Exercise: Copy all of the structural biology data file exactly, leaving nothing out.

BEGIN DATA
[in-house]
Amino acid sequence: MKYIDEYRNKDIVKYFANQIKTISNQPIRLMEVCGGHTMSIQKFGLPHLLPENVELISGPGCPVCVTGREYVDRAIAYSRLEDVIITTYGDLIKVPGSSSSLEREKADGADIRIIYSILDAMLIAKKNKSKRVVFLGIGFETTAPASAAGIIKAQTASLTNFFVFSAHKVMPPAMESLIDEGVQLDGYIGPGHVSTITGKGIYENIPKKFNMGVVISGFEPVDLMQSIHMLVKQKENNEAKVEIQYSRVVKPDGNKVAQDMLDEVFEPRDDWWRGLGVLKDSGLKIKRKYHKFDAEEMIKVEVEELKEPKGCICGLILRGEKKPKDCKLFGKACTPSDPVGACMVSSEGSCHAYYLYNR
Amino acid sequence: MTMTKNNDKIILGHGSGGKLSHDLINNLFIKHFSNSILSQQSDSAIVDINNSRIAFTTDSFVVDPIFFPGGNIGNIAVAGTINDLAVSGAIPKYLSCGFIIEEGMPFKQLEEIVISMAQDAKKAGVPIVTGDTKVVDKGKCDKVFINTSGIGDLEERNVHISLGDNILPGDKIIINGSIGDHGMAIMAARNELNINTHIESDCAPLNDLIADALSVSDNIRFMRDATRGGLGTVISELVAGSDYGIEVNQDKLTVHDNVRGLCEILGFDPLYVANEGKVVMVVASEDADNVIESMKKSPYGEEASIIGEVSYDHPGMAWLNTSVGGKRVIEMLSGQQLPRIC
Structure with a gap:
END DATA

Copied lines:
[in-house]
Amino acid sequence: MKYIDEYRNKDIVKYFANQIKTISNQPIRLMEVCGGHTMSIQKFGLPHLLPENVELISGPGCPVCVTGREYVDRAIAYSRLEDVIITTYGDLIKVPGSSSSLEREKADGADIRIIYSILDAMLIAKKNKSKRVVFLGIGFETTAPASAAGIIKAQTASLTNFFVFSAHKVMPPAMESLIDEGVQLDGYIGPGHVSTITGKGIYENIPKKFNMGVVISGFEPVDLMQSIHMLVKQKENNEAKVEIQYSRVVKPDGNKVAQDMLDEVFEPRDDWWRGLGVLKDSGLKIKRKYHKFDAEEMIKVEVEELKEPKGCICGLILRGEKKPKDCKLFGKACTPSDPVGACMVSSEGSCHAYYLYNR
Amino acid sequence: MTMTKNNDKIILGHGSGGKLSHDLINNLFIKHFSNSILSQQSDSAIVDINNSRIAFTTDSFVVDPIFFPGGNIGNIAVAGTINDLAVSGAIPKYLSCGFIIEEGMPFKQLEEIVISMAQDAKKAGVPIVTGDTKVVDKGKCDKVFINTSGIGDLEERNVHISLGDNILPGDKIIINGSIGDHGMAIMAARNELNINTHIESDCAPLNDLIADALSVSDNIRFMRDATRGGLGTVISELVAGSDYGIEVNQDKLTVHDNVRGLCEILGFDPLYVANEGKVVMVVASEDADNVIESMKKSPYGEEASIIGEVSYDHPGMAWLNTSVGGKRVIEMLSGQQLPRIC
Structure with a gap: